CounterCultural? Huh?

Fountain in Brussels
A random picture of a fountain from my trip to Belgium…Just because…

I first came across the term ‘countercultural’ during the Keswick Convention. I was probably 16 or 17 at the time- where did the time go?- but the phrase has stuck with me ever since. For me, it summed up everything about living as a Christian and helped me to accept that I wasn’t meant to fit in. This continued to a lesser extent while I was at university, though I fitted in better with my course mates than the Christian Union by the end. But throughout this time,  I never questioned what the term really meant.

Naming the blog CounterCultural. CounterCouture seemed to be logical as I wanted to be countering what was offered on the high street and catwalks. However, somewhere along the way I was sucked into blogging and forgot why I started. My desire to offer an option that was alternative and modest was lost amidst the freebies, reviews, outfits and photo shoots that began to obsess my mind. I was so keen on ‘making it’ as a blogger, that I forgot my purpose and drive.

That was until a few months ago when I started to feel uncomfortable with the focus in my own life on the fashion industry. I even had trends I had lampooned at the start of the blog (see my very first post here) appearing as an actual outfit. Even worse, I had stopped visiting my favourite charity shops, which are definitely the best places to develop an individual style. But what does any of this have to do with being countercultural?

Red jacket, black mesh skirt, white shirt, trainers
Working that Sports Luxe look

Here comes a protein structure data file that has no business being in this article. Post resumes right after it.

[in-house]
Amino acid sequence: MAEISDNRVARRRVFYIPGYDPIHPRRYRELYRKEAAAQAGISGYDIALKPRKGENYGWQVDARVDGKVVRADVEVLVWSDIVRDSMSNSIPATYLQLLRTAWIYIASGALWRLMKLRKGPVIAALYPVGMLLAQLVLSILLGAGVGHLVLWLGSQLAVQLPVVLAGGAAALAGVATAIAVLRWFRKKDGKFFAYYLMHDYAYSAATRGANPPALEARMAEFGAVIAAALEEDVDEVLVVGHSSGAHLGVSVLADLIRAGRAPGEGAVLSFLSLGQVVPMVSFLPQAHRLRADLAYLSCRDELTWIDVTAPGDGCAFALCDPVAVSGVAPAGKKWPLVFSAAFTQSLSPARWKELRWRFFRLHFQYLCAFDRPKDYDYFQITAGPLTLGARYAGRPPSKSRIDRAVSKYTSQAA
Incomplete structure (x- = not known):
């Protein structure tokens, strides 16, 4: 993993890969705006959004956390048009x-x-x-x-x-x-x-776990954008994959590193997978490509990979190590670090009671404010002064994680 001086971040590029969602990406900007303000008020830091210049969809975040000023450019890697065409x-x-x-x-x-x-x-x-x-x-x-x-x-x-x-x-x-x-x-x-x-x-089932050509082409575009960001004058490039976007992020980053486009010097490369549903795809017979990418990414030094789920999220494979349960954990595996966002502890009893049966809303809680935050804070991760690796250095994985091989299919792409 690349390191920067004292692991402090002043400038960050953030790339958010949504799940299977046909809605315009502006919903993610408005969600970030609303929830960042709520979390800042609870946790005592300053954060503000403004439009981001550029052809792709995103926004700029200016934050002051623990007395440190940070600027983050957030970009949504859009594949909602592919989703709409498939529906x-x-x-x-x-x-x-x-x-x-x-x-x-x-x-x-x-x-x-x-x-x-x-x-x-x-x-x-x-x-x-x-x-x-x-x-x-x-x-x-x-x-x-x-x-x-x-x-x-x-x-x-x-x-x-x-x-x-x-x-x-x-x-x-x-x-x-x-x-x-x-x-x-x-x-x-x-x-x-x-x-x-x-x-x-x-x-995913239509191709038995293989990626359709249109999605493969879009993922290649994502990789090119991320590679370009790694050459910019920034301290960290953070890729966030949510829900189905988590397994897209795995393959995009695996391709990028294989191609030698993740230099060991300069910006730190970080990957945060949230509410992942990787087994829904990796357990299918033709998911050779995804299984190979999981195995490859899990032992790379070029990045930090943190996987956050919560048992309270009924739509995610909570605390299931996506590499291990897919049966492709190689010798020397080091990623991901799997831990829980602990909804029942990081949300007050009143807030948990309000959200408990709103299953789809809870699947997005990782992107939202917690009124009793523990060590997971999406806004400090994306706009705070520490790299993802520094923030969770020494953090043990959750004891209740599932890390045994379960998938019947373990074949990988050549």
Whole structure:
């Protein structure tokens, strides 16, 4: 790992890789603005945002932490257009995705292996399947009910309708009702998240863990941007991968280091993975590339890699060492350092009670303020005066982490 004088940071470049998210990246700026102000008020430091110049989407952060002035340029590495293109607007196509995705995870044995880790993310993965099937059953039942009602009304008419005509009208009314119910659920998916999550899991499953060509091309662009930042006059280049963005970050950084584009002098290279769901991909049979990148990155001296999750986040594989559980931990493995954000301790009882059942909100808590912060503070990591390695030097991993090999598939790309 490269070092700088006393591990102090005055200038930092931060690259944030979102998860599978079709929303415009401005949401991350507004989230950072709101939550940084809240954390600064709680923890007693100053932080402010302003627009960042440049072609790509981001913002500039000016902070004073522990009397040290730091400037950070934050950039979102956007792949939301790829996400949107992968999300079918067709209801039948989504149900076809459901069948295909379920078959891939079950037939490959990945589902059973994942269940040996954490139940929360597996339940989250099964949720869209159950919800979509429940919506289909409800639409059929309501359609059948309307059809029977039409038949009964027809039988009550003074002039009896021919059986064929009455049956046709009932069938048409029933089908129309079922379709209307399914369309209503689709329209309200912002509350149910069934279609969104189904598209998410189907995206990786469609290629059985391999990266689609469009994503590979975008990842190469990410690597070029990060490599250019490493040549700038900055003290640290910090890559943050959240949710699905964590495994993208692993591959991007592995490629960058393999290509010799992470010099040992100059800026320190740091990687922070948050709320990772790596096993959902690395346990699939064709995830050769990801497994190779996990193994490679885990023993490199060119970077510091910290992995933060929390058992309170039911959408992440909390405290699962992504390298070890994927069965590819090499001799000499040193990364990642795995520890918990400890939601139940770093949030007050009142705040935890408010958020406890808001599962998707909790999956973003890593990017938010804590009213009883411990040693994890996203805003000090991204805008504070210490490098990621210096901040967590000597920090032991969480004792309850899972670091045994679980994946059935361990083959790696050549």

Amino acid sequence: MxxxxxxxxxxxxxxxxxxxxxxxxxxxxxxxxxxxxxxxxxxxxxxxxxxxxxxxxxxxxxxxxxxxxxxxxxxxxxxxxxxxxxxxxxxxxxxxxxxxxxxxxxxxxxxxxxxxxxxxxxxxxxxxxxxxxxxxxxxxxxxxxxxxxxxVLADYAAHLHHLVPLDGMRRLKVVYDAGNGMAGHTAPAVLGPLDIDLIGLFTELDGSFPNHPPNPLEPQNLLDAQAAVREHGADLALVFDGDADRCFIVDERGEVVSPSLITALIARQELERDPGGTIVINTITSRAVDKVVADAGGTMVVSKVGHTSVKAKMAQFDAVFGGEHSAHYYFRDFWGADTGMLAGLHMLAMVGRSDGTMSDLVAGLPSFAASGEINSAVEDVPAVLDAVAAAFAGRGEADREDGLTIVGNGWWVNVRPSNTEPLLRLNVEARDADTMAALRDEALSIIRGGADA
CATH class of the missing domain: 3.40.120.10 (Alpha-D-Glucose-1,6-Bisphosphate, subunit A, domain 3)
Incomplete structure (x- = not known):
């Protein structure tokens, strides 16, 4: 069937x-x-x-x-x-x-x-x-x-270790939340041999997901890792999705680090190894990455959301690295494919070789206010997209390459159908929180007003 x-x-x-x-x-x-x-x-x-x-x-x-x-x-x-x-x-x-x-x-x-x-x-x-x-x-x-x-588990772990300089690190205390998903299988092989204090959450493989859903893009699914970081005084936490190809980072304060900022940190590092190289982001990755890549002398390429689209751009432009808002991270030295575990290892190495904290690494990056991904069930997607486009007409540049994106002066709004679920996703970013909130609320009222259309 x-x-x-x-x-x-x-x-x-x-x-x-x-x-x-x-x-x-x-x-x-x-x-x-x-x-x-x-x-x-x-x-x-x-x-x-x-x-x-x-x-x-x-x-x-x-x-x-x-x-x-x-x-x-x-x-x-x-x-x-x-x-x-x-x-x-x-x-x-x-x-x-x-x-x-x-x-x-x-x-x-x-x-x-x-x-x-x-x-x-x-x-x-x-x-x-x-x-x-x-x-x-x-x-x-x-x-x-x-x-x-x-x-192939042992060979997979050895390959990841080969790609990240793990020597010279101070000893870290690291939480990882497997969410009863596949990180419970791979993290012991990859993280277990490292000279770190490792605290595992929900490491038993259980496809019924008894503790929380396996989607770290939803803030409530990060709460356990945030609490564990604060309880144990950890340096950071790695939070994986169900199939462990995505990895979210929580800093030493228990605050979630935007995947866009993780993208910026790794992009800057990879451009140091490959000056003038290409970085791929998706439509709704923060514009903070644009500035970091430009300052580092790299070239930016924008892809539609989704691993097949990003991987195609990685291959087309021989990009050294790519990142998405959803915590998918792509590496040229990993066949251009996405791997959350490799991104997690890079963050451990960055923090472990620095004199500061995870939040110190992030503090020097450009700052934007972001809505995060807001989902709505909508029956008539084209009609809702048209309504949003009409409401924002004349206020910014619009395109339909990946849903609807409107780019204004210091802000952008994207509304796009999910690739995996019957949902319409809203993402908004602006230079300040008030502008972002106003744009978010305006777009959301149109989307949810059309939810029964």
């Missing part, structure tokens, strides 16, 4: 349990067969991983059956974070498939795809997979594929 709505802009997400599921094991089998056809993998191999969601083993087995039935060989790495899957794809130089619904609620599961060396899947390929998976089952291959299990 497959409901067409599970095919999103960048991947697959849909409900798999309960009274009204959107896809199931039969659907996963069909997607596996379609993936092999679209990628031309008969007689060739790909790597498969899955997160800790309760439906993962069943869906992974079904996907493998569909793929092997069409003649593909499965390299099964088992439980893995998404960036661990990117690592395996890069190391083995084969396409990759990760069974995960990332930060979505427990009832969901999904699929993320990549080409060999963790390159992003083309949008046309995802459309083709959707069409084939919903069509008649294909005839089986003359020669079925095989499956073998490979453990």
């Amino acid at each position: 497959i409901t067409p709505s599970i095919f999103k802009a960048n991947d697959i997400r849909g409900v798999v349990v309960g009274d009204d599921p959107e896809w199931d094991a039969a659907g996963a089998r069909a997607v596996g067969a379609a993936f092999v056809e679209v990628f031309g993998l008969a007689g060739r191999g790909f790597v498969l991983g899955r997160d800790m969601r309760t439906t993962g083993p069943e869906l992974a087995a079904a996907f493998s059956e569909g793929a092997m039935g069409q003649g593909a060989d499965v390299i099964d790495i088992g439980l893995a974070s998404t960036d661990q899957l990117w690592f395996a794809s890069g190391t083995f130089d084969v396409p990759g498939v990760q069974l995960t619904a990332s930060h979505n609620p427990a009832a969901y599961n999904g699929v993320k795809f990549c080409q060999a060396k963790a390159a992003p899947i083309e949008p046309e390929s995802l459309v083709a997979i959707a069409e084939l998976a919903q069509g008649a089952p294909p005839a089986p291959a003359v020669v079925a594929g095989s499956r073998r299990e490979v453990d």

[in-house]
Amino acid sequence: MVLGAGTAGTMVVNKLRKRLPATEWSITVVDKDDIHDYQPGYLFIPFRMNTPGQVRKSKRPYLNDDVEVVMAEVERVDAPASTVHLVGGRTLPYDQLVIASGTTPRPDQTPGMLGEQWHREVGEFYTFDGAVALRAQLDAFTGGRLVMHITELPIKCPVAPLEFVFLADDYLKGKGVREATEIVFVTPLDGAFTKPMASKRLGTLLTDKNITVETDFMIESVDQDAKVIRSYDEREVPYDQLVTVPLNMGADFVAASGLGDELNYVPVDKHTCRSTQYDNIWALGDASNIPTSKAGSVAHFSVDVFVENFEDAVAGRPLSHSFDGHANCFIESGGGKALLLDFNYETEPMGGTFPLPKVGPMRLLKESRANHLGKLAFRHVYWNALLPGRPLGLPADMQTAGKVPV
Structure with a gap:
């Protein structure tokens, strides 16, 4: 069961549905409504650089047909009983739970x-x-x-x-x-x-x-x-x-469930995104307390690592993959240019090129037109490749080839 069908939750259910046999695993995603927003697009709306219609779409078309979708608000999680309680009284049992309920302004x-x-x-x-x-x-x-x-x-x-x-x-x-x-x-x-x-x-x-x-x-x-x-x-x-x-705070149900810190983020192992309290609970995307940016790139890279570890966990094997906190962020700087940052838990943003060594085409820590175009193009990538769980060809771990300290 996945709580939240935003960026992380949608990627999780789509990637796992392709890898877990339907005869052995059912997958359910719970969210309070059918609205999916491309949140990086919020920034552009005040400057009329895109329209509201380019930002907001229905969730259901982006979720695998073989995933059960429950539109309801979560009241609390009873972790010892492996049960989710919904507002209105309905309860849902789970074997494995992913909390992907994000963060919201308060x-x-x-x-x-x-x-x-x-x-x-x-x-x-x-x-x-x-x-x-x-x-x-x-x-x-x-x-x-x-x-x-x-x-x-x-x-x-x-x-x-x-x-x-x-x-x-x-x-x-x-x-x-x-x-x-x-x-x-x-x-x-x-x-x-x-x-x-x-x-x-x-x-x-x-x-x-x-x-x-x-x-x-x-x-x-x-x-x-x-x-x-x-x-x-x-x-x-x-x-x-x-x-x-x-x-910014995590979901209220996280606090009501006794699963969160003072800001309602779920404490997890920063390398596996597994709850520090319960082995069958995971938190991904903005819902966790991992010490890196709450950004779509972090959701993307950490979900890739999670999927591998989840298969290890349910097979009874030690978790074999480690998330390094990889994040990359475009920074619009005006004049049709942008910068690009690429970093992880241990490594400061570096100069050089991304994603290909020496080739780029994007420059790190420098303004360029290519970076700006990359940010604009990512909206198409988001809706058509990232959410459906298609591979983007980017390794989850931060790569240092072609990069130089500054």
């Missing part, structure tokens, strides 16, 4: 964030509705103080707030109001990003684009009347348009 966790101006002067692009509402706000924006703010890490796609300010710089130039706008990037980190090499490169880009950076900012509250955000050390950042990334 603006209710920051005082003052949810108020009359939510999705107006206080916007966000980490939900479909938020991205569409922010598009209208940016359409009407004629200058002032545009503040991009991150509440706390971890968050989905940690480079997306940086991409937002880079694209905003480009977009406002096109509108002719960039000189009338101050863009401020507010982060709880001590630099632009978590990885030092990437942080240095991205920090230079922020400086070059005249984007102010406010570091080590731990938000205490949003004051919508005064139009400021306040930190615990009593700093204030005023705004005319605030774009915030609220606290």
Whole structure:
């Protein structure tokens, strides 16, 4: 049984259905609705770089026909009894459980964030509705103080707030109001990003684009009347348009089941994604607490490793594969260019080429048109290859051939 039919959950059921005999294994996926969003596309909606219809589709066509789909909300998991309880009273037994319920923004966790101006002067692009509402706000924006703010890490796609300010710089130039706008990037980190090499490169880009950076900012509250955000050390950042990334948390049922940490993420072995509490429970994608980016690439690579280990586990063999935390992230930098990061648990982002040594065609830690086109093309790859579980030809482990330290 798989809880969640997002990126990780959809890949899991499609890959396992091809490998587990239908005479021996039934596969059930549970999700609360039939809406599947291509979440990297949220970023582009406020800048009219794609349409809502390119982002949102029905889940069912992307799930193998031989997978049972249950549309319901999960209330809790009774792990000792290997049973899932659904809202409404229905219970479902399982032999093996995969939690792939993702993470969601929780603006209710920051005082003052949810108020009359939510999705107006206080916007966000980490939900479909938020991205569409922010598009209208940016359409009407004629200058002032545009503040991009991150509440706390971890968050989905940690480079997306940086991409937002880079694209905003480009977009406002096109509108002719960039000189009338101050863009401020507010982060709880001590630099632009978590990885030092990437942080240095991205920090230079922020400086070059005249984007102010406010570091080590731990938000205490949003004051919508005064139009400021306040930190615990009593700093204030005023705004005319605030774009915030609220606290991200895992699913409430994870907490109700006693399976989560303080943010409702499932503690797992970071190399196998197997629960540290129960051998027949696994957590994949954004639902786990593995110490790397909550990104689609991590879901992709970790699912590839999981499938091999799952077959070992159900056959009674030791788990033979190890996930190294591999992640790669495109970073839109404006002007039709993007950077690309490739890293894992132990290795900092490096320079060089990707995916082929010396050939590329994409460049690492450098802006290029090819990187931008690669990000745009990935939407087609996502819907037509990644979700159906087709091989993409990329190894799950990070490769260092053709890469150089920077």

Living in a way that can be described as countercultural is not just about the clothes, though it’s an easy way to demonstrate it as many subcultures show. But it is so much more than that. It’s about an attitude and way of living. For each person, this is different but as a Christian I believe that it is enshrined within the Bible. From the 10 Commandments that enabled the Jews to stand out amongst their neighbours through to Jesus’ Sermon on the Mount, Christianity has countercultural DNA. It goes beyond the food we eat, clothes we wear and words we speak.

If you want a really good example of living counter culturally, we need to stop being afraid of looking foolish. Remember when I posted this about re-evaluating what I was writing about on CC.CC? Since then, if anything I have become more convinced that my attitude needs to change first if I am to move closer to my original drive.

If you would like to do some further reading or listening, please check out 1 Corinthians 1v18-25, Revelation 2v1-7 and this sermon by Simon Faulks.

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